By Jason Keidel
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To paraphrase Al Pacino (and Silvio Dante after him): Just when you think you're out, they pull you back in...
Yuri Sucart, the most famous irrelevant relative in America, was arrested, drawing his cousin, Alexander Emanuel Rodriguez, back into the unflattering light of his past. It was part of a sweeping federal probe into an elaborate, illegal steroid distribution ring -- led by Biogenesis, of course, which is proving to be rather fertile with high-end MLB clients such as Ryan Braun, Melky Cabrera, Bartolo Colon and Nelson Cruz.
According to USA Today, additional names could be spilled once this investigation is concluded; more players stuck to the PR flypaper that Bud Selig and his minions thought would be clean from now on. But we know that one player, who's already been caught and sentenced, soars above the horde.
Whenever Tony Bosch is mentioned, you know it's going to be a bad day for A-Rod. Though I led the stampede over his image, career and legacy, it's almost become gratuitous.
A-Rod has become the scarred face of the steroid era, quickly and completely supplanting Barry Bonds and Roger Clemens. Even when he's been banished from the sport, he falls through the trap doors of his ignominy.
William Faulkner said, "The past is never dead. It's not even the past." And with each morbid reminder of the steroid era, you wonder if it is indeed behind the sport.
Clearly PEDs are dwindling, as evidenced by the plunging production at the plate league-wide. Clayton Kershaw is getting his Koufax on. The Yankees, the renowned Bronx Bombers, don't have one regular hitting .300 and have an alarming, anemic team batting average of .251. They have only five hitters guaranteed to hit at least 10 homers. And they have scored just 457 runs as a team, which projects to about 650 total runs in 2014. (They scored 867 runs in 2011, 859 runs in 2010 and 915 runs in 2009.)
But not long ago, Braun was pinched, cleared and then finally wrangled by the long rope of justice. And as long as stars show their dark stripes, we won't shake this solemn chapter of baseball history. Assuming it's history. Cruz was a high-profile bust. Cabrera lost the sizzle on his pseudo-batting title. Even Francisco Cervelli got in the act, if you'd like a local vibe to the story.
So, does anyone believe that players have stopped looking around every dark corner for a drug? And if they aren't currently cheating, are they looking for the next clandestine lab pregnant with PEDs? Chemists are always stirring the pot of malfeasance. As soon as a new undetectable cocktail is created, you wonder if there will be a new slew of volunteers to chew it or shoot it.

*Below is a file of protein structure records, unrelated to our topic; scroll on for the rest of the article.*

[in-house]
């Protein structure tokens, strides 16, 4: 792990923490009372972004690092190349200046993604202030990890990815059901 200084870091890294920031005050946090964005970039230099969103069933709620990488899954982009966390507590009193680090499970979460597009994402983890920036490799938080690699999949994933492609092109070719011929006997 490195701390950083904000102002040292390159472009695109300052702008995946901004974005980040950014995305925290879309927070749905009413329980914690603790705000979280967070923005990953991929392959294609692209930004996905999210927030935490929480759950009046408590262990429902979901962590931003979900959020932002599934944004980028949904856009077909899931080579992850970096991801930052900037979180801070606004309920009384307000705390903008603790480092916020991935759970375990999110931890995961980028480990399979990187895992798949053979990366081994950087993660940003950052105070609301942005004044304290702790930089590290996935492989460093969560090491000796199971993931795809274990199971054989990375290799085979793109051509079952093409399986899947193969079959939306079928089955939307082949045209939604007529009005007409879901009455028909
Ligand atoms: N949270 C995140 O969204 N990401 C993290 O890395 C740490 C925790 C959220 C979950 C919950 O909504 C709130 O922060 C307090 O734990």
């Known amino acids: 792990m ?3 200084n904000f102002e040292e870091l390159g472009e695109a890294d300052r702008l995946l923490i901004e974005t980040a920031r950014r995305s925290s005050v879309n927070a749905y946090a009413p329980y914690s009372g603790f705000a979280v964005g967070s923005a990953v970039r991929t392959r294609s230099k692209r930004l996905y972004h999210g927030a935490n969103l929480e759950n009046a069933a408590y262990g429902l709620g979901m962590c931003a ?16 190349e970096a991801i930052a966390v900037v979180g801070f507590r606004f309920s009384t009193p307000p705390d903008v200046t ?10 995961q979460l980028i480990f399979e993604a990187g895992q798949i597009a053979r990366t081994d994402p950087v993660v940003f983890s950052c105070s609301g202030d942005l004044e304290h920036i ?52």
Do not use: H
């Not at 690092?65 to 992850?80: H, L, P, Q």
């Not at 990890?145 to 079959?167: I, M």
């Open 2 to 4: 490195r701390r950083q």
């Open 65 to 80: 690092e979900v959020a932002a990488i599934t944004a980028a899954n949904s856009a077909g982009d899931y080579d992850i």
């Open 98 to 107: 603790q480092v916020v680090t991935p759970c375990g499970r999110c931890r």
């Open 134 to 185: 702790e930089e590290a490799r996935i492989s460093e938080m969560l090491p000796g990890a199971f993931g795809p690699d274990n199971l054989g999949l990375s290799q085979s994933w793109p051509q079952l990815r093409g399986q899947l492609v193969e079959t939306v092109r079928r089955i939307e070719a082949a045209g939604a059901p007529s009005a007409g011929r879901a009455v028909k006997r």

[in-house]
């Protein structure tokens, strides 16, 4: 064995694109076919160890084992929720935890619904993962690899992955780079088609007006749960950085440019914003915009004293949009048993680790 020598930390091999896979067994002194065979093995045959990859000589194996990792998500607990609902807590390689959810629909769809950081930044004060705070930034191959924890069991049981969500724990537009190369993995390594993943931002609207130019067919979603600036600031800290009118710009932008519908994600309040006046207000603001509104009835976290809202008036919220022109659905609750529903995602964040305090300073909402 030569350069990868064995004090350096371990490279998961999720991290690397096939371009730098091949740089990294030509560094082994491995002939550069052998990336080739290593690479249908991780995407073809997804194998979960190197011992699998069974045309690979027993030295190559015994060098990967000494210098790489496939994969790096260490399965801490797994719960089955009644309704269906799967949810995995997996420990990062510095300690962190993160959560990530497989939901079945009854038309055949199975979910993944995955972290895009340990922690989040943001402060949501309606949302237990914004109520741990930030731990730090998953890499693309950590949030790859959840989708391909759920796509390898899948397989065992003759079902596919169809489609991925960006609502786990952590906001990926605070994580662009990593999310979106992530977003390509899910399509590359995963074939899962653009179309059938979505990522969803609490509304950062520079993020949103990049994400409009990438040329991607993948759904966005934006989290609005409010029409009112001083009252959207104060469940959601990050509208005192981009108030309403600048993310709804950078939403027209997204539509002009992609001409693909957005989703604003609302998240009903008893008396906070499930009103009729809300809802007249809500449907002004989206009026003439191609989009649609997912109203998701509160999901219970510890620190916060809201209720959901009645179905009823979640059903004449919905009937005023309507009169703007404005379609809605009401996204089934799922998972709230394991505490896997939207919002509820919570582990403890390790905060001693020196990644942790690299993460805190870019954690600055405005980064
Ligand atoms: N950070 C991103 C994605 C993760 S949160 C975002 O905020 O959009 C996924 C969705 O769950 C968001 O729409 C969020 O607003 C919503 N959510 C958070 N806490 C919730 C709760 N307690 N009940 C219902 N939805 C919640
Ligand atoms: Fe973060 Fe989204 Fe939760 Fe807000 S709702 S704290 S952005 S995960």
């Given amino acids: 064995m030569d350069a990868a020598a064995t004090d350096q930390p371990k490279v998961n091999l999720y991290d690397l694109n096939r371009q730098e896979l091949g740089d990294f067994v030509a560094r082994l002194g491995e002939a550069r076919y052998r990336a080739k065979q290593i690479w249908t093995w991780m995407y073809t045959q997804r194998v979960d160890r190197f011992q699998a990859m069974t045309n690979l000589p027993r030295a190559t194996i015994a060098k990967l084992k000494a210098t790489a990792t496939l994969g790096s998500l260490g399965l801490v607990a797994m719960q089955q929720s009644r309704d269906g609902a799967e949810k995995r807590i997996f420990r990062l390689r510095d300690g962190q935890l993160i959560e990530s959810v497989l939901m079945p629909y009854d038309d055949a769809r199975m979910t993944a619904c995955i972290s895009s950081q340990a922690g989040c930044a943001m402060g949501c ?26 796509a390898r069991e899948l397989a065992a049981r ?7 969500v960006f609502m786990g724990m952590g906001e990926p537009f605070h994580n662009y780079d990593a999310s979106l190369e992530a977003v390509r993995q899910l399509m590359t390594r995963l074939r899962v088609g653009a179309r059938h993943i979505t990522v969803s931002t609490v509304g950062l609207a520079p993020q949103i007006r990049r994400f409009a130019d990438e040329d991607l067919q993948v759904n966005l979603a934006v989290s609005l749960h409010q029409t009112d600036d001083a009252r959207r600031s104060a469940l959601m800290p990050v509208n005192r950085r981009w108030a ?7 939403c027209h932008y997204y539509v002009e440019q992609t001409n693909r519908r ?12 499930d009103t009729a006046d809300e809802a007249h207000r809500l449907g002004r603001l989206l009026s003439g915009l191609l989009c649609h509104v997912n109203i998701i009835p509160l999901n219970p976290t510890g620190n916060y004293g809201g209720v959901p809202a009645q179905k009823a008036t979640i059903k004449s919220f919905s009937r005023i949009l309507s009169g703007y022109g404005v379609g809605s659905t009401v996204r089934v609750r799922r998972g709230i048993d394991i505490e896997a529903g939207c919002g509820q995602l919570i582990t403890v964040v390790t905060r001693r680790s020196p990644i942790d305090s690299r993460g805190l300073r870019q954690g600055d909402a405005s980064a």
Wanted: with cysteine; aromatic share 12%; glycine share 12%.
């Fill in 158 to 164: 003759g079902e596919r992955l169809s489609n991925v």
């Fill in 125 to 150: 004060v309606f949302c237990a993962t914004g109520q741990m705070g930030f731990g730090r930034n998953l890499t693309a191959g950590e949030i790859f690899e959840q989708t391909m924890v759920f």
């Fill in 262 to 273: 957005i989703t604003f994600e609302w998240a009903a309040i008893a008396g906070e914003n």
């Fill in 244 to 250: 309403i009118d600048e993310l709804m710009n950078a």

But the more we lament A-Rod's rap sheet, the less likely we will either move on or focus on future miscreants. For better or worse, A-Rod is finished in any profound, professional sense. Not that he hasn't earned his eternal perp walk.
Like Braun before and after him, A-Rod denied doping in any form. Then he stormed into WFAN host Mike Francesa's studio and demanded that Selig be present at his hearings, asserting some abstract right to "face his accuser." Selig didn't attend Braun's adjudication, or anyone else's, for that matter.
The cliché says that the cover-up is worse than the crime. While that's not exactly true in the cases of Braun and A-Rod, their theatrics make it impossible to sweep their histories under the rug. In the age of myriad media, we have unflattering clips on eternal loop -- just ask Ray Rice. And the celebrities already drowning in their rampant sense of entitlement think they can just buy or blast their way out of trouble, because that's what they've done their entire lives.
And behind the cheating and lying are endless layers of personal strife. A-Rod had marital woes and a cousin allegedly scoring steroids for him. Braun, meanwhile, was being hit with a defamation suit by his supposed BFF and was accused of various infidelities while engaged.
Of course, the TMZ types are big-game hunters, and anyone in A-Rod's orbit is a 12-point buck to hang on the front page of websites. Celebrity sells, and there's nothing we love more than to watch the big stars plunge from the dark skies. The bourgeois baseball stars brood from their Learjet, looking down on the world while the rest of us live in it. So sympathy is scant.
And so lingers the aura of suspicion after suspensions. It has been somewhat quiet on the steroid front this year. But does that mean the masses have learned a lesson, or are they just waiting for a new drug?
Or are the PED witchdoctors on the verge of a new potion or new cream that keeps their clients in the clear?
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